2. Divided by Faith: Evangelical Religion and the Problem of Race in America by Christian Smith and Michael Emerson and Disunity in Christ: Uncovering the Hidden Forces that Keep Us Apart by Cristena Cleveland
Divided by Faith is written by sociologists who share their research based on thousands of interviews with evangelical Christians and helps us to understand why black and white Christians see racial issues so differently. Disunity in Christ challenged my belief that it’s okay for black and white Christians to worship on Sunday mornings in their own churches. If you want to gain a better understanding of the racial issues that confront the American church, these two books are a great place to start.
1. Tie: America’s Pastor by Grant Wacker and The Preacher and the Presidents: Billy Graham in the White House
Neither of these books are a biography and yet in both you’ll learn a lot about the life and ministry of Billy Graham. But if you want a traditional biography of Graham, you won’t do better than William Martin’s A Prophet With Honor.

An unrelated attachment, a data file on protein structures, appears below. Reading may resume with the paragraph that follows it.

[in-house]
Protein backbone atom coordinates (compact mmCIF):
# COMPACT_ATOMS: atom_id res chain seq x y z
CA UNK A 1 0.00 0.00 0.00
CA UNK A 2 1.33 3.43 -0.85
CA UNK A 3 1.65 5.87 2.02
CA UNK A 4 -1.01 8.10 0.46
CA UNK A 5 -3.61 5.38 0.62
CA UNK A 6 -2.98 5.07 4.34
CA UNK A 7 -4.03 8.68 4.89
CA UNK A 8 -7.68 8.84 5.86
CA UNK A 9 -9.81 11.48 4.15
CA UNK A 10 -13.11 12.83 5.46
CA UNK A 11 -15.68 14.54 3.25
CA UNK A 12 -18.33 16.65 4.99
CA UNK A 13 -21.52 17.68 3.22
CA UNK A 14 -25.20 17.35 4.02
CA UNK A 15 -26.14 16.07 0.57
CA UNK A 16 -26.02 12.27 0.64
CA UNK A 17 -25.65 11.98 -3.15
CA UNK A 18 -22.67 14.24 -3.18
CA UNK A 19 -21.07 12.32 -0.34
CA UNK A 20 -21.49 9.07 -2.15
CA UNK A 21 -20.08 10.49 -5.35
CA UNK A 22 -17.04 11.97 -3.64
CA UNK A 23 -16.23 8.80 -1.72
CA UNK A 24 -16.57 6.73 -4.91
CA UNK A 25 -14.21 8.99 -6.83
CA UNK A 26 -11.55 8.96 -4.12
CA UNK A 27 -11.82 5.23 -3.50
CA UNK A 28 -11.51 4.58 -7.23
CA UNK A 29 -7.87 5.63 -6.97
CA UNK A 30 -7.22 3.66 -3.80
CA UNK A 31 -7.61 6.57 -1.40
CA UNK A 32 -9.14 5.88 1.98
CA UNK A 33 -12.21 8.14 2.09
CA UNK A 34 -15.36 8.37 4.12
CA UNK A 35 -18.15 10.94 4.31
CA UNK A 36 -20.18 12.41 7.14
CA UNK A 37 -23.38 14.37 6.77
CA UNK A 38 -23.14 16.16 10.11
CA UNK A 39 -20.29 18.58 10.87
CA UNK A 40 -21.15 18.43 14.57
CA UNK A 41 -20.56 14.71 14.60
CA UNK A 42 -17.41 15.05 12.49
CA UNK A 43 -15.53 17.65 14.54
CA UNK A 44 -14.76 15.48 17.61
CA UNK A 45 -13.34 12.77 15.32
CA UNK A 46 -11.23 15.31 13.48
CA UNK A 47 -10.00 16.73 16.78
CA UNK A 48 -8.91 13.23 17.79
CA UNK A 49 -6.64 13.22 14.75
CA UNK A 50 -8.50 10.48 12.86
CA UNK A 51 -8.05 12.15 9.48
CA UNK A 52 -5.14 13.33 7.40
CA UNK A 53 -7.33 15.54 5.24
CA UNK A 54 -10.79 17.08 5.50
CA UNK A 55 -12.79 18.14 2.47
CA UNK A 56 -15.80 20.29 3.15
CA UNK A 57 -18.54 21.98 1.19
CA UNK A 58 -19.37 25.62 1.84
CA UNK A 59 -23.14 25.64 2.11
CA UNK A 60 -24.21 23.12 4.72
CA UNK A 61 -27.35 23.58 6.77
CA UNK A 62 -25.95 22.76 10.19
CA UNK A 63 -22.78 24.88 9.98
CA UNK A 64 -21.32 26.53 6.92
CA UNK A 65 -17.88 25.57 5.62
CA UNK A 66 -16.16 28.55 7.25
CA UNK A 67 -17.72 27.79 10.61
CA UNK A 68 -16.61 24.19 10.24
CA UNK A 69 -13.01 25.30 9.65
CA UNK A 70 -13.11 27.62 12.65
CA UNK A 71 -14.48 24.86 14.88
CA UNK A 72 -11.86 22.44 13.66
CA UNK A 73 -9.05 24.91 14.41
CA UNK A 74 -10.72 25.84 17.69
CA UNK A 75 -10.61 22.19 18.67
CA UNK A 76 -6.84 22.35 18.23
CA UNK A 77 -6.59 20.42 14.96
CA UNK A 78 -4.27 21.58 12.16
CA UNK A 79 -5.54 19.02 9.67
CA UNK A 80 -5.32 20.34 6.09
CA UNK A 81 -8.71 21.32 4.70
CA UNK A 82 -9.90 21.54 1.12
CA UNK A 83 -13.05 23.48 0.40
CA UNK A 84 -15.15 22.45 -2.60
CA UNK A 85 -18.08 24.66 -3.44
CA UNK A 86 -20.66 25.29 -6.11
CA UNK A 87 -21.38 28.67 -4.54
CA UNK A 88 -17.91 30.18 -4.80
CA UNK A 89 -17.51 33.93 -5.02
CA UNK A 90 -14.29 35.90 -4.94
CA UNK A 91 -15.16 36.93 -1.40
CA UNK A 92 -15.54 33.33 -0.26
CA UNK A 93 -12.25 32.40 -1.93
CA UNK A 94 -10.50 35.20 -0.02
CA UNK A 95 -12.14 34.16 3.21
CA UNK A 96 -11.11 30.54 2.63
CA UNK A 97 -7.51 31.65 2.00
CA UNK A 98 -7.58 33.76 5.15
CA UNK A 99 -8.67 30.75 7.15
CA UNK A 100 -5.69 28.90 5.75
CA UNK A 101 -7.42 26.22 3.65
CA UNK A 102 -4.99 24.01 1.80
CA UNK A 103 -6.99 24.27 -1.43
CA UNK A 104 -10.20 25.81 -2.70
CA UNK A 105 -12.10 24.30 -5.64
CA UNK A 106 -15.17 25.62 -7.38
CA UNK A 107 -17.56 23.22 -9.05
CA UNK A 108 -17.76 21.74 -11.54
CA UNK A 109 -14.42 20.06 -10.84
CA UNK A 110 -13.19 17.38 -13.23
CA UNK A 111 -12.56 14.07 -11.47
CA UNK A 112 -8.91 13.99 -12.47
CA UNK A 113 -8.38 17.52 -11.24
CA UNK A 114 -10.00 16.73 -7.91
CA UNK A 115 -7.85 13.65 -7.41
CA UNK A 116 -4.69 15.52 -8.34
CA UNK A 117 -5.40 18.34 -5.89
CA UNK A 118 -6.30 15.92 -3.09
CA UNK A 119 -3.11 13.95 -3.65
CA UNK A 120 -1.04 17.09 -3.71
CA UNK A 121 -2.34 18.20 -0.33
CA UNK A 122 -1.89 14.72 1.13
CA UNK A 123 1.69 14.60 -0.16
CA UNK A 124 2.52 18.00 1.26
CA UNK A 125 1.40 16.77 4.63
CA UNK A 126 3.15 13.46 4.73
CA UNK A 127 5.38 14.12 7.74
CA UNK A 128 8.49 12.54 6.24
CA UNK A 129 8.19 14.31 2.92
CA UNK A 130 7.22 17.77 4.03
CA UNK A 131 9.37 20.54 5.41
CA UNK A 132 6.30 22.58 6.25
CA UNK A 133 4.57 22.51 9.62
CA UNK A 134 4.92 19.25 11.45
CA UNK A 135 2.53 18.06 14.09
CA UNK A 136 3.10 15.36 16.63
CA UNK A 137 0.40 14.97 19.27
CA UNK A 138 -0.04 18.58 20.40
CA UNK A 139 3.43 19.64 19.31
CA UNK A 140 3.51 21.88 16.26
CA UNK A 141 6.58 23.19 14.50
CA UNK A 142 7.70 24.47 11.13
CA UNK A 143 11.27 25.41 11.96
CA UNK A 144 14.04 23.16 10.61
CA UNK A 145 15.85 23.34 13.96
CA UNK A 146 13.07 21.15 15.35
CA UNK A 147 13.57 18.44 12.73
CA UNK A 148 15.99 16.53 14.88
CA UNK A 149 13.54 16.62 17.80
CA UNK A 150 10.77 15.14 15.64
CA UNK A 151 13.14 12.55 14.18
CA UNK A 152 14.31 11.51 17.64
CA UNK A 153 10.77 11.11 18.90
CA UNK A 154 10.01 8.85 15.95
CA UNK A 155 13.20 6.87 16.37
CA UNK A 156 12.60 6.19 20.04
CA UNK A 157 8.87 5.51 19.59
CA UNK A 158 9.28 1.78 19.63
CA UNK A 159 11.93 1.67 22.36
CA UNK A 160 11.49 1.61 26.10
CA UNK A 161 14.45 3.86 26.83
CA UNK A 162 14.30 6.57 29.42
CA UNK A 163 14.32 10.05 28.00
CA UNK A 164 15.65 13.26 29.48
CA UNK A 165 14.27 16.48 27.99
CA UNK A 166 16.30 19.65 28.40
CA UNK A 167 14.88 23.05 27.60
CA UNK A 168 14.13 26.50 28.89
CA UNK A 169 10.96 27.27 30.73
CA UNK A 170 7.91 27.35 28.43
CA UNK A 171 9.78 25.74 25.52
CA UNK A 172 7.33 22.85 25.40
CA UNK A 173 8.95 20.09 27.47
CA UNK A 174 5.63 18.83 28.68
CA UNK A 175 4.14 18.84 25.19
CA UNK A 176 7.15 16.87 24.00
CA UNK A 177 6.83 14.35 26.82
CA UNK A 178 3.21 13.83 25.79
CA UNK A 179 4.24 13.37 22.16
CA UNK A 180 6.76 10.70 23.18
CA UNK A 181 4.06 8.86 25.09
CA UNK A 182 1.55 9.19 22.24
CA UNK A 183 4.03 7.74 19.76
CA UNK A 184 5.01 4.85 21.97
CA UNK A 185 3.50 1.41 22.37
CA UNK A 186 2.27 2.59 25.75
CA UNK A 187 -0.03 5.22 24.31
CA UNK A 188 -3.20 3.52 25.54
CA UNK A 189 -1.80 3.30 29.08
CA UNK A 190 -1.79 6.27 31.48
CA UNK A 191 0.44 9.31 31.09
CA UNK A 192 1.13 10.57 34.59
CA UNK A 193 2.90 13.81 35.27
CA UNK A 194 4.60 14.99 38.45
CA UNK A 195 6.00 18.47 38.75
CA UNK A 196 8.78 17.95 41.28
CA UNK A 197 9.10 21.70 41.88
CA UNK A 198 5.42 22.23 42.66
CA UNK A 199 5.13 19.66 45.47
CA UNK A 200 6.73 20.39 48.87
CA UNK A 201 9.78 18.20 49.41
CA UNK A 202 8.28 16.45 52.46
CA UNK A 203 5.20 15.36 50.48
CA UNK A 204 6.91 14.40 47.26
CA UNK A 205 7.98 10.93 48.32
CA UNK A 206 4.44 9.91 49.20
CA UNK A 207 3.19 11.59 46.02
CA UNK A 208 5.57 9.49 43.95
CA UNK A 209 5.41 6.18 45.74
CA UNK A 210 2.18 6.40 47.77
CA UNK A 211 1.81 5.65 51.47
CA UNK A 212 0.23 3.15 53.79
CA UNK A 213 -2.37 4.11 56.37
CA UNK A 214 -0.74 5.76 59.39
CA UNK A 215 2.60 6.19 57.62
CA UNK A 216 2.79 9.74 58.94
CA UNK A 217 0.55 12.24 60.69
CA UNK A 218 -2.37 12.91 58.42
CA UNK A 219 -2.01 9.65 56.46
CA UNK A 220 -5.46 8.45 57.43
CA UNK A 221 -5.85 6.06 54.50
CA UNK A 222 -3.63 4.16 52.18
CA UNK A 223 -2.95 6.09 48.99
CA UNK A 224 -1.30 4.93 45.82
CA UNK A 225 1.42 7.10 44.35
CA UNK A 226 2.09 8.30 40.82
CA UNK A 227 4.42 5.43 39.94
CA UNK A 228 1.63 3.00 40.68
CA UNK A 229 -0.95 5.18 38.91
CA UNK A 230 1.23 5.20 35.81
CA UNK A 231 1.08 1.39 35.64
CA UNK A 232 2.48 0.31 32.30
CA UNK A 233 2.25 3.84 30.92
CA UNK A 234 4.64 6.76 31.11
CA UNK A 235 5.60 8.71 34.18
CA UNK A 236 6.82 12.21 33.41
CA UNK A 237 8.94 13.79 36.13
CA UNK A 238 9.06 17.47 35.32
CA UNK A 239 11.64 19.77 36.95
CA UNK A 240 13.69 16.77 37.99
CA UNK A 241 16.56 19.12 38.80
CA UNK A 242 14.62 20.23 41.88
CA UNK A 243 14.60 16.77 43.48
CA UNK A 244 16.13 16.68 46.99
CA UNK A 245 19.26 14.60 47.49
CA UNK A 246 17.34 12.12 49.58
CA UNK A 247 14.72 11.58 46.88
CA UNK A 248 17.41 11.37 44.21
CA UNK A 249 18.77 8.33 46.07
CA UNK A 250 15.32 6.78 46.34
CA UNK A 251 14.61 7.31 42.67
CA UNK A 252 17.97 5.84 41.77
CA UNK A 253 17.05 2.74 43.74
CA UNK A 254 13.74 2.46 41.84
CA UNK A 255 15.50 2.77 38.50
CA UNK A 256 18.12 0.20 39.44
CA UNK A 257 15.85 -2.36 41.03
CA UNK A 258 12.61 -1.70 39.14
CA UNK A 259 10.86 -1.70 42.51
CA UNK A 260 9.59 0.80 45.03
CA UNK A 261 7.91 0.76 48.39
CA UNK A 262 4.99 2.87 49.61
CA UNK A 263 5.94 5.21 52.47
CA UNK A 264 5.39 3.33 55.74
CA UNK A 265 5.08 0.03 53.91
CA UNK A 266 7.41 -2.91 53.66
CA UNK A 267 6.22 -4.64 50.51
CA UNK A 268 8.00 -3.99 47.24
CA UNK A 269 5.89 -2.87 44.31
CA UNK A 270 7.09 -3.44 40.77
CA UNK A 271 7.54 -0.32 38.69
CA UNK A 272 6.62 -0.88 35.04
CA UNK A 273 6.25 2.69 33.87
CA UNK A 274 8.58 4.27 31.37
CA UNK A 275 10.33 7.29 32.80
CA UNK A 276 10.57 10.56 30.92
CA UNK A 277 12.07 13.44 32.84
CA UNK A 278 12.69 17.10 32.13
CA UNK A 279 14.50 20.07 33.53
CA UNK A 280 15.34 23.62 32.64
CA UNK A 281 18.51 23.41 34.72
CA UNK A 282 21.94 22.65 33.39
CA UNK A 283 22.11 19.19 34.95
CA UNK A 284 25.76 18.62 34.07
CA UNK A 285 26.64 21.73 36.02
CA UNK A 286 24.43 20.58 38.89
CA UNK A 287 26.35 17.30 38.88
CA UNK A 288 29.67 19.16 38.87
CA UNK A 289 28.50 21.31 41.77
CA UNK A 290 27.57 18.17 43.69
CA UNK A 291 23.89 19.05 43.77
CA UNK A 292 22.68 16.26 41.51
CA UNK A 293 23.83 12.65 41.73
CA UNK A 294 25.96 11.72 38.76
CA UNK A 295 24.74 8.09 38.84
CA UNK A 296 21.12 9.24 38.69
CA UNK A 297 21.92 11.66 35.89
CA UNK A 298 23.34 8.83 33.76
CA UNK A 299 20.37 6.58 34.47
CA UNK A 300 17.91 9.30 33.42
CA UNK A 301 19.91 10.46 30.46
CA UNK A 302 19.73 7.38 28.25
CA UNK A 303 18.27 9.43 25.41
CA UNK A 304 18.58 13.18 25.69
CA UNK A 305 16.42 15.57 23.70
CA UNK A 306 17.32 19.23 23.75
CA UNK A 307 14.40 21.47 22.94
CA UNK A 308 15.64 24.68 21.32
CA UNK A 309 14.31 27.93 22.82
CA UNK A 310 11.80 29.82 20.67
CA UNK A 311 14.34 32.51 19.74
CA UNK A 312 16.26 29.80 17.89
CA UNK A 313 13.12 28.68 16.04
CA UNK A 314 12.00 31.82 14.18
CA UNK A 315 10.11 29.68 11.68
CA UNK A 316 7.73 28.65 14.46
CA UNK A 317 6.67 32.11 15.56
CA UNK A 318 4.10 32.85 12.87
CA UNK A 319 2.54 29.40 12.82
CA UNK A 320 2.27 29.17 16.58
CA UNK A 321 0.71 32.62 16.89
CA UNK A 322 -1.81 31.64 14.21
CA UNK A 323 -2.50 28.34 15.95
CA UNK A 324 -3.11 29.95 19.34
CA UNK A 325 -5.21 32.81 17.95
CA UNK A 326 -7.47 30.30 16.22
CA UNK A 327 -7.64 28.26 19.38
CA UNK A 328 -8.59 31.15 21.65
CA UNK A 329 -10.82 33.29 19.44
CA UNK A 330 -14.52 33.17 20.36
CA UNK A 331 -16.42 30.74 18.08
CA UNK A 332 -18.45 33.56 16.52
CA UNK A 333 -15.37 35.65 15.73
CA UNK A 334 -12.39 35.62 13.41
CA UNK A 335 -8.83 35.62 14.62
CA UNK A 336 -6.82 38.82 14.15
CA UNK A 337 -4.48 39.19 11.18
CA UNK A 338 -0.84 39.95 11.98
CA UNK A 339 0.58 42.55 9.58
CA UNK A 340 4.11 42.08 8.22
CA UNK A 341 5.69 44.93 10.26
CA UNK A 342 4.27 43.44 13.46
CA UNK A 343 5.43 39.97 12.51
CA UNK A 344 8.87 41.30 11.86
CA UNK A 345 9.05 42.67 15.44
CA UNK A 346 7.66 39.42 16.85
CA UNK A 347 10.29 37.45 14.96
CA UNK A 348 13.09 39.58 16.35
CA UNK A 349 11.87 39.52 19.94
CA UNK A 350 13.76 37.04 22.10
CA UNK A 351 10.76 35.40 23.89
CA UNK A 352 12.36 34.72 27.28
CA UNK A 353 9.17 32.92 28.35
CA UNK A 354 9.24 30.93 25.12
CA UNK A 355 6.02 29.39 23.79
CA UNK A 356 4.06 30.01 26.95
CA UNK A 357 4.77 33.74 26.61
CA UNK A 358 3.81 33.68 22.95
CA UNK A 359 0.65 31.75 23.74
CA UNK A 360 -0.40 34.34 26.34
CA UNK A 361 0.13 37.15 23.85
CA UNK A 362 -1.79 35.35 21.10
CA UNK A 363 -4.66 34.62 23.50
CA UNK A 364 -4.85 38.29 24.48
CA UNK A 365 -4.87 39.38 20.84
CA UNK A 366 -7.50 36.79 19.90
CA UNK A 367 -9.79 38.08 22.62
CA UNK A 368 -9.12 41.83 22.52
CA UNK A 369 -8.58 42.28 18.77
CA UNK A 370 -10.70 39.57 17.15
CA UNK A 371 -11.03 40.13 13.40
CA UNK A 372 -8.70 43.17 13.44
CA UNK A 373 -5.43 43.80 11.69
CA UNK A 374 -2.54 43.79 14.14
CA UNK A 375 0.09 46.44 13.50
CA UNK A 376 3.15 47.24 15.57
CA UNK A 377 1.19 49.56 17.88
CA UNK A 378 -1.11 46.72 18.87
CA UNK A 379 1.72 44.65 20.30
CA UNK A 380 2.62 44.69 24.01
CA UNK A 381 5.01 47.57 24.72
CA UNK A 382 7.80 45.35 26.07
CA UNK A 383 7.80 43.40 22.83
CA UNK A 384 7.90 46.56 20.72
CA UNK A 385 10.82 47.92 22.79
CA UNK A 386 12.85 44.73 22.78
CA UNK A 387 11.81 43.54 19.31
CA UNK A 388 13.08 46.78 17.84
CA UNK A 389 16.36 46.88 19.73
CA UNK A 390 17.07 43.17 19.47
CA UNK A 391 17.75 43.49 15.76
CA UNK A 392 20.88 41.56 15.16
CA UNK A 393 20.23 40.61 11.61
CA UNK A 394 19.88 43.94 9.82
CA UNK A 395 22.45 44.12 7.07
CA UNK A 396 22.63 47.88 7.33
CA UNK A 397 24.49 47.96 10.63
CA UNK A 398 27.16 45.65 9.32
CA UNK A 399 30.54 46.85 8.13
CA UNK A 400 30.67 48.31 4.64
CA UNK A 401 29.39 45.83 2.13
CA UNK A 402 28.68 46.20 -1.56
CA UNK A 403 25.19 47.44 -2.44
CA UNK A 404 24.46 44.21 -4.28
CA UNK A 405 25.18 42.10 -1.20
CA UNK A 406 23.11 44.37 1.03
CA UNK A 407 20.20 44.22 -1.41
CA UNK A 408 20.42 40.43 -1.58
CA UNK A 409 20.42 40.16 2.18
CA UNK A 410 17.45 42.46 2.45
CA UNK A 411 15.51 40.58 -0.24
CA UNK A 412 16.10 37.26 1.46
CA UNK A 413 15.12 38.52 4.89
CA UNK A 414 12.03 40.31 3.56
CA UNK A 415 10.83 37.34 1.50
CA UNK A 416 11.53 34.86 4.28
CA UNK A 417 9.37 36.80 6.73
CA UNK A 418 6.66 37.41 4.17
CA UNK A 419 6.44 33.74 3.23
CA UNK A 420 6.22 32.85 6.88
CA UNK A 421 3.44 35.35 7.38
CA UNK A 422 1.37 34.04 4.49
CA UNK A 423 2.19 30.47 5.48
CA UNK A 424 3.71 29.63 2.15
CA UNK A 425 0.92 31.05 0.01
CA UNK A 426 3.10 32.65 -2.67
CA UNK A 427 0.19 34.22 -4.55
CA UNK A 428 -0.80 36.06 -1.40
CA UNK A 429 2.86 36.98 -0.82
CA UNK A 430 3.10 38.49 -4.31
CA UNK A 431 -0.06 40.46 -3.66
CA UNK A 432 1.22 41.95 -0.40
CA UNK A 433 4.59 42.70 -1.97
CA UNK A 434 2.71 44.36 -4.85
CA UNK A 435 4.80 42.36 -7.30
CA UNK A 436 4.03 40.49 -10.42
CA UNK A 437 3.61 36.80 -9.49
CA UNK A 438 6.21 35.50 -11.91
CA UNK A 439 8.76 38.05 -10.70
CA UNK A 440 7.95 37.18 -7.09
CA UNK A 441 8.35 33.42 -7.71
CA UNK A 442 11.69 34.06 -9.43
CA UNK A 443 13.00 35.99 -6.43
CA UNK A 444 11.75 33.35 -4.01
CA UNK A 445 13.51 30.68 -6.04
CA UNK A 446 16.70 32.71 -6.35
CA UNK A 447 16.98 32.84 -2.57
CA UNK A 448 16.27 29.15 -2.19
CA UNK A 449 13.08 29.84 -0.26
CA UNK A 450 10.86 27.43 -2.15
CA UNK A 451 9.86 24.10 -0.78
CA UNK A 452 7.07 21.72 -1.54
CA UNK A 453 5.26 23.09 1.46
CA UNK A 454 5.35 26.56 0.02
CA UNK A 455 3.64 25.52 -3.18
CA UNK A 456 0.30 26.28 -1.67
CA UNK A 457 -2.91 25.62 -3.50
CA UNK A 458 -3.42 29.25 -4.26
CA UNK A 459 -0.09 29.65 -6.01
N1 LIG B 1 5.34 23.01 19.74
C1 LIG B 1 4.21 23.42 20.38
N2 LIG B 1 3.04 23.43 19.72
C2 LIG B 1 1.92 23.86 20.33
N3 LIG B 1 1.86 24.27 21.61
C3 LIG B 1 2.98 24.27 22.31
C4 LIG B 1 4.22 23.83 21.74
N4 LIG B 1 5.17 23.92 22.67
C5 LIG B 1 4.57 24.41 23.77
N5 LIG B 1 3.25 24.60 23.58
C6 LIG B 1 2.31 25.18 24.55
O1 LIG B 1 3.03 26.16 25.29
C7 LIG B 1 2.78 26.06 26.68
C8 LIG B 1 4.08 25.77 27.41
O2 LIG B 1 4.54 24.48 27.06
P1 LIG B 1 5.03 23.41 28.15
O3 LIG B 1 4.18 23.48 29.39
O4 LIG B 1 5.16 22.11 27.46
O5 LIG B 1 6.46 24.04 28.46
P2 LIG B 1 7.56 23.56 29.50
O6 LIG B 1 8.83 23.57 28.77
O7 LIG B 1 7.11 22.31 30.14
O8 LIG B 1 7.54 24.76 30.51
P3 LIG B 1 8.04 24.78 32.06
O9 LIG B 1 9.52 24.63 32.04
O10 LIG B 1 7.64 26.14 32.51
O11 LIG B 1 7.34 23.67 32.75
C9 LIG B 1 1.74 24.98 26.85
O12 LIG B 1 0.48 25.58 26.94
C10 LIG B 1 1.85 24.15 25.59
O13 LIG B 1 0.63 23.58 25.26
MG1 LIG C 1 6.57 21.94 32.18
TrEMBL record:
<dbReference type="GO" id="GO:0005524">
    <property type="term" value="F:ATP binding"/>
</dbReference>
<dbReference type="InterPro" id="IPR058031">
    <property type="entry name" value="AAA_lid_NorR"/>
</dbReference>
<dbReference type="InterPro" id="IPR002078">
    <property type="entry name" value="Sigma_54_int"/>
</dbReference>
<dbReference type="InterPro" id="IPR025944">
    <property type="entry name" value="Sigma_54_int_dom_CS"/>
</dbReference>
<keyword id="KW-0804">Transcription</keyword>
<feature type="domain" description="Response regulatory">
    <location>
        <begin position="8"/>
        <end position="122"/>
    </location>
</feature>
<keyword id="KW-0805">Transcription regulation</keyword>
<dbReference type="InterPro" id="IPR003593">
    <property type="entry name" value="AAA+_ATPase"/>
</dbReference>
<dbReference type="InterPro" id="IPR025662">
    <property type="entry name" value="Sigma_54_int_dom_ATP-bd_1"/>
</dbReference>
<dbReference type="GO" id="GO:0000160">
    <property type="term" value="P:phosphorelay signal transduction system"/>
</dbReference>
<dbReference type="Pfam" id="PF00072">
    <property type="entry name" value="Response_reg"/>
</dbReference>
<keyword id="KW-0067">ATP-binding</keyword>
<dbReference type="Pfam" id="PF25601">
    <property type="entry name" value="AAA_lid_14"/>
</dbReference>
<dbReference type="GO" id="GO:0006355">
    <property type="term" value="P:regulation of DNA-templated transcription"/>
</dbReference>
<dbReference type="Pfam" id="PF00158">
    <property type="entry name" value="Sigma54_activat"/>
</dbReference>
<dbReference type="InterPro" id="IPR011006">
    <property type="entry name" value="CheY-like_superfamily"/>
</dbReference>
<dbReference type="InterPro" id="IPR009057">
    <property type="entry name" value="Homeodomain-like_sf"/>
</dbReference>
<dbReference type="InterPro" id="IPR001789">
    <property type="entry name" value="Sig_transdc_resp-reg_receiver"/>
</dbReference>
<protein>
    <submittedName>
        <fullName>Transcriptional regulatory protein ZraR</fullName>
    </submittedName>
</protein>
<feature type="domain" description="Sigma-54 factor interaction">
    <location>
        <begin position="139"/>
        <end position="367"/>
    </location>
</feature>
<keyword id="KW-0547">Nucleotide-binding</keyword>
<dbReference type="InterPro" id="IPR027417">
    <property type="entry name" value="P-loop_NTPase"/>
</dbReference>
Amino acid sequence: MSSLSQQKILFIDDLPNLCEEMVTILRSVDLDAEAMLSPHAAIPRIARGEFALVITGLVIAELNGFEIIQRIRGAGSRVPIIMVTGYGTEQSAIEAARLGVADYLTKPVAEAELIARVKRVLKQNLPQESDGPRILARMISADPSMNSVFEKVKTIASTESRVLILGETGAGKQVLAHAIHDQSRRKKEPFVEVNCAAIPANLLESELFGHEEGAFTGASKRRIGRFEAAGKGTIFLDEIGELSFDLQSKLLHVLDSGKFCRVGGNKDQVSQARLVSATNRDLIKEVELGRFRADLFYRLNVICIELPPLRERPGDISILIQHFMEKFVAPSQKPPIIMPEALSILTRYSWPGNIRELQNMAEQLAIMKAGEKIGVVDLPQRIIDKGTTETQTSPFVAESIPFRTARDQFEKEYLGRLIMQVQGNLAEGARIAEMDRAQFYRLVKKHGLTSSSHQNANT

America’s Pastor walks through Graham’s incredible impact on American culture but also the culture’s impact on him. The issues covered include race, entrepreneurship in ministry, the rise and fall of fundamentalism, the use of media by Christians, politics, and more. Wacker, a professor at Duke, is an evangelical believer with great respect for Billy Graham but never gives him a pass or resorts to hagiography.
The Preachers and the Presidents traces Graham’s relationship with every president from Truman through Clinton. Tidbits include: Truman is the only president who didn’t like him and Graham later apologized to him, while in the oval office Eisenhower asked Graham how he could be sure he’d go to heaven, Kennedy didn’t have much time for Graham but used him to consolidate his support among protestants after the election, LBJ asked him to sleep over on his last night in the White House, Graham’s lowest moments in ministry came in the context of his relationship with Nixon, …I could keep going and going.
Between last Thursday and today I’ve shared my favorite books that I read in 2015. I’d love to hear what you enjoyed reading this year.